Repentance and Aliya

Photo Courtesy Sharona Halickman

In the process of Tshuva (repentance), we slowly work on making amends from Rosh Chodesh Elul to Slichot, to Rosh HaShana, to the Aseret Ymei Tshuva (Ten Days of Repentance) to Yom Kippur and finally to Hoshana Raba.

In the journey of aliya, immigrating to Israel, as well, we must plan our path properly and carefully to ensure that it will be successful.

Yet there are Jews who have been gathered from the four corners of the earth who were forced out of their homes with no opportunity to pack or plan and the State of Israel took them in and helped with the transition.

Just a few blocks from our home in Jerusalem’s Talpiot/Arnona neighbourhood there is a building called the Diplomat. It was a hotel until 1991 when the influx of Russian and Ethiopian immigrants arrived in Israel. At first, the government turned the building into an absorption center for both Russians and Ethiopian Olim.

However, there was a major clash of cultures as the Ethiopian immigrants were very religious but had never seen indoor plumbing while the Russian immigrants were coming out of communism and many were never exposed to religion.

The Ethiopian immigrants were quickly moved out and were temporarily relocated to the Shalom Hotel. After a short time, the Ethiopian Olim integrated into Israeli society and the Shalom went back to being a hotel.

The Russian immigrants who were already older have remained in the Diplomat as a permanent absorption center since 1991.

A few years ago, the United States bought the Diplomat which is right next to where the New US Embassy is today.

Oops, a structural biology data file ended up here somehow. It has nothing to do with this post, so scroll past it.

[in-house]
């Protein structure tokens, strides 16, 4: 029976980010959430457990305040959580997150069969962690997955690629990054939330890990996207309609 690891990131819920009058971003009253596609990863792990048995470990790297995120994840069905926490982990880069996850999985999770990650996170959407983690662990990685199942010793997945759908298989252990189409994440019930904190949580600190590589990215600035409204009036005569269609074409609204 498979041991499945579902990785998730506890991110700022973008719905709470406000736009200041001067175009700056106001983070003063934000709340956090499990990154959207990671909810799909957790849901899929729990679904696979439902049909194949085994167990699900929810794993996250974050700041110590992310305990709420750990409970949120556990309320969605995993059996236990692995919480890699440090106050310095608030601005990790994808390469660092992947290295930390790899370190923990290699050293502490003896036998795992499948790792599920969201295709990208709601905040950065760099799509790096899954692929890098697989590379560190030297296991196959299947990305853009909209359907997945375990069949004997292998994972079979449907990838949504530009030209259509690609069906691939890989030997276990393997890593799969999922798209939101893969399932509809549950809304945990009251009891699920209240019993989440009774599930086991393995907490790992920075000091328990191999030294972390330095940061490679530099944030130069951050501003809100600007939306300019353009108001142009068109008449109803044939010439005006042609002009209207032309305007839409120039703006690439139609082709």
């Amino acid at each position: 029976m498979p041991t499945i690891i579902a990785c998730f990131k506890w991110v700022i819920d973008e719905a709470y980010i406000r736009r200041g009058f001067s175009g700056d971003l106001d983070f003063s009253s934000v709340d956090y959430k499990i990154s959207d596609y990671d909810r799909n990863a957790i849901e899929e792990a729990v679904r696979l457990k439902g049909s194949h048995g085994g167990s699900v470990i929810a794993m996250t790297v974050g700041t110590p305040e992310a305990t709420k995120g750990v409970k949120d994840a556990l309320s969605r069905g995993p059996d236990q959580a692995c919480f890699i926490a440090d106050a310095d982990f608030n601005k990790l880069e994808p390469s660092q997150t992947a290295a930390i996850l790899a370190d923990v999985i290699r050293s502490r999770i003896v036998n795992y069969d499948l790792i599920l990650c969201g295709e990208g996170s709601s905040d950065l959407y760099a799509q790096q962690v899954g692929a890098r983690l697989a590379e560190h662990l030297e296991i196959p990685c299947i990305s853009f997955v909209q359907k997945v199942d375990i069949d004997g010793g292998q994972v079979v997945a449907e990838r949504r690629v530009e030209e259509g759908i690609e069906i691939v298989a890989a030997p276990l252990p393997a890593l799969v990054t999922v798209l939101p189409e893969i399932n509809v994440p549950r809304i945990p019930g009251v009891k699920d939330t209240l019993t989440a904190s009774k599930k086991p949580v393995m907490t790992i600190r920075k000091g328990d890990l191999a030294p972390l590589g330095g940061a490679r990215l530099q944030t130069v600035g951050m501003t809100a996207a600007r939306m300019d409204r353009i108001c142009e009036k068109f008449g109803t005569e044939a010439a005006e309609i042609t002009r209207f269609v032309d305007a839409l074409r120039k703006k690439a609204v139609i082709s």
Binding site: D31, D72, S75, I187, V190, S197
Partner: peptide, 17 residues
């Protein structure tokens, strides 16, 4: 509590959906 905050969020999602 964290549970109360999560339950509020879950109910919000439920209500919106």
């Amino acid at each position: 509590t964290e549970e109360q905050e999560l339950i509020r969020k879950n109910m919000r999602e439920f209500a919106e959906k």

The 500 Russian immigrants who are still living there, mostly in their 80s and 90s insisted that they will only move out if they can all be moved together to a new facility in Jerusalem.

Until the residents move out, the new embassy in Jerusalem cannot be expanded. Yet year after year they continue to remain living at the Diplomat until a new building will be completed for them all to move to together.

The wide array of immigrants from so many different countries keeps the State of Israel interesting. Over the past few years, there have been many new immigrants from France who add a totally different culture to the mix.

May the blessing that we say as part of the prayer for the welfare of the State of Israel be fulfilled:

Remember our brothers, the whole House of Israel in all the lands of their dispersion. Speedily bring them to Zion, Your city, to Jerusalem, Your dwelling place, as it is written in the Torah of Moshe your servant (Dvarim 30:4-5):

Even if your outcasts are at the ends of the world, from there will HaShem your God gather you and from there will He fetch you. And HaShem, your God, will bring you to the land which your fathers occupied, and you shall occupy it; and He will make you more prosperous and more numerous than your fathers.

I hope to see you in Israel soon!

About the Author
Sharona holds a BA in Judaic Studies from Stern College and an MS in Jewish Education from Azrieli Graduate School, Yeshiva University. Sharona was the first Congregational Intern and Madricha Ruchanit at the Hebrew Institute of Riverdale, NY. After making aliya in 2004, Sharona founded Torat Reva Yerushalayim, a non profit organization based in Jerusalem which provides Torah study groups for students of all ages and backgrounds.
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